CATHERINE THE GREAT
Ruling Russia from 1762 until 1796, Catherine the Great was a Power Woman whose story is far from dull. Her gutsy transformation from German Princess to Russia’s Empress involved abetting her dim husband’s death (and other rivals), a questionable intimate personal life (it did not involve a horse), a thirst for empire (expanding into Europe, Asia and North America), a Turkish war and an epic peasant revolt (Pugachev’s Rebellion).
She had socially enlightened views and personally disagreed with Russia’s serfdom structure. Yet keeping her throne meant keeping the nobles happy. Following the revolt, she proclaimed an amnesty - forgiving the peasants to end the violence inflicted upon them by their lords. While Catherine did not eradicate slavery, she did reform it. She also reformed the Russian civic administration and rewrote Russian laws. As a patron of education, she built schools throughout Russia and granted greater freedom for women to pursue education. The arts thrived under her influence, including a golden age of female artists - and we have Catherine to thank for the Hermitage Museum.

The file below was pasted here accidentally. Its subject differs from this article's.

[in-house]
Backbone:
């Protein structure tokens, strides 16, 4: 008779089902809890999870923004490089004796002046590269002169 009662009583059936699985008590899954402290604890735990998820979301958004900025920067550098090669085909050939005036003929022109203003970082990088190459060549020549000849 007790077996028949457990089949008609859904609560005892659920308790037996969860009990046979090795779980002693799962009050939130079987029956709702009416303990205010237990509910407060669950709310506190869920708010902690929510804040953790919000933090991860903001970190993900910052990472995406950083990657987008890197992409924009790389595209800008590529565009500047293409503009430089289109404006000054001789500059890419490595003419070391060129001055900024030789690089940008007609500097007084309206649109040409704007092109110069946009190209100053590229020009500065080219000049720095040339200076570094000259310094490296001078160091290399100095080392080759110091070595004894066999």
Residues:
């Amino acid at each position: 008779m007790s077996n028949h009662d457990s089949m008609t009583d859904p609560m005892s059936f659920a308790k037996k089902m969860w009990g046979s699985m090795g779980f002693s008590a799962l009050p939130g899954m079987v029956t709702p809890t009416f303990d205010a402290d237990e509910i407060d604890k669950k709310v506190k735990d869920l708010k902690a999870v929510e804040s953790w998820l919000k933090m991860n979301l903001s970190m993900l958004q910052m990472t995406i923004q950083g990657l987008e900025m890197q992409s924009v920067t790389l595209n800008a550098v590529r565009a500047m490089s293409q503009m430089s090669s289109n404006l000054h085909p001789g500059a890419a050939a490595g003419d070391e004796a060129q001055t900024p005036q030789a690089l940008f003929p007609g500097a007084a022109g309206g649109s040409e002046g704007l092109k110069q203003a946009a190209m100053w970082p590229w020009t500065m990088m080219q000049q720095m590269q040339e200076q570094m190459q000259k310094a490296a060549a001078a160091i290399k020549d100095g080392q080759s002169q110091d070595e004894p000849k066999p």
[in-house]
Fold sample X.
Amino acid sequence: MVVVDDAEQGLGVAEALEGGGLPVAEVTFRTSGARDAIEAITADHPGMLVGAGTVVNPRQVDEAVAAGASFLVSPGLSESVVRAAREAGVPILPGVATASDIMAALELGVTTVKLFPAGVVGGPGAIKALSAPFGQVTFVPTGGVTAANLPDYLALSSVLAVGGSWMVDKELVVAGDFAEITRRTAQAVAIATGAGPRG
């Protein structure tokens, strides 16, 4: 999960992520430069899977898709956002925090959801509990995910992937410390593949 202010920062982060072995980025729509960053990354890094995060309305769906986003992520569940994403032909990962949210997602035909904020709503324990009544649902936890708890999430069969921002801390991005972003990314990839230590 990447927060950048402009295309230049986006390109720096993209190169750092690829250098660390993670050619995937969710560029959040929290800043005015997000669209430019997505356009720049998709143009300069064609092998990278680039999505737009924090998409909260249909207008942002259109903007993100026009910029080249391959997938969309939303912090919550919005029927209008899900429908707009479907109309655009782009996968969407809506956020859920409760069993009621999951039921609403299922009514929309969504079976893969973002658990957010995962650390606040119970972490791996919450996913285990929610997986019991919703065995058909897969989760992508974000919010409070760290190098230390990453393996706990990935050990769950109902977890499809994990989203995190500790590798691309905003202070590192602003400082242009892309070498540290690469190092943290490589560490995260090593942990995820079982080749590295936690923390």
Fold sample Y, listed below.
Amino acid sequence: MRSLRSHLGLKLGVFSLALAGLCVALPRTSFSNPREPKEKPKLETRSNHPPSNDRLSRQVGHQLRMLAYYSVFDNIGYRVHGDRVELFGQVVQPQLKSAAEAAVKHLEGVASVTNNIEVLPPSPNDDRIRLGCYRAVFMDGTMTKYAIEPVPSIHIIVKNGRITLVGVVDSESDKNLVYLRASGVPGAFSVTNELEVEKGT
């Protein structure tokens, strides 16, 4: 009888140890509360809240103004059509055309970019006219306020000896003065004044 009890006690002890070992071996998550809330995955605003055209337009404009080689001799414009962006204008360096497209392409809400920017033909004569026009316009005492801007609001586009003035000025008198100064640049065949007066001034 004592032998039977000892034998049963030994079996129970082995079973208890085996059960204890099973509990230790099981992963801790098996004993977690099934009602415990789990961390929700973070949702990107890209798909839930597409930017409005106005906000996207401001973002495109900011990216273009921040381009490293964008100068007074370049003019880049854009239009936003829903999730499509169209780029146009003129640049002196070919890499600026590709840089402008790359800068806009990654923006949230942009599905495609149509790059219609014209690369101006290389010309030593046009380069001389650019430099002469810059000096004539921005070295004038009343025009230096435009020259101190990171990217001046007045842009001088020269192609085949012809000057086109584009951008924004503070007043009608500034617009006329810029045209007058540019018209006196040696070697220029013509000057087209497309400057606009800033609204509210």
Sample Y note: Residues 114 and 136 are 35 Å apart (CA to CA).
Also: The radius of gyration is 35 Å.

In her time, she absolutely left an indelible mark on history as the most powerful woman in the world.
Portrait by Fyodor Rokotov, 1763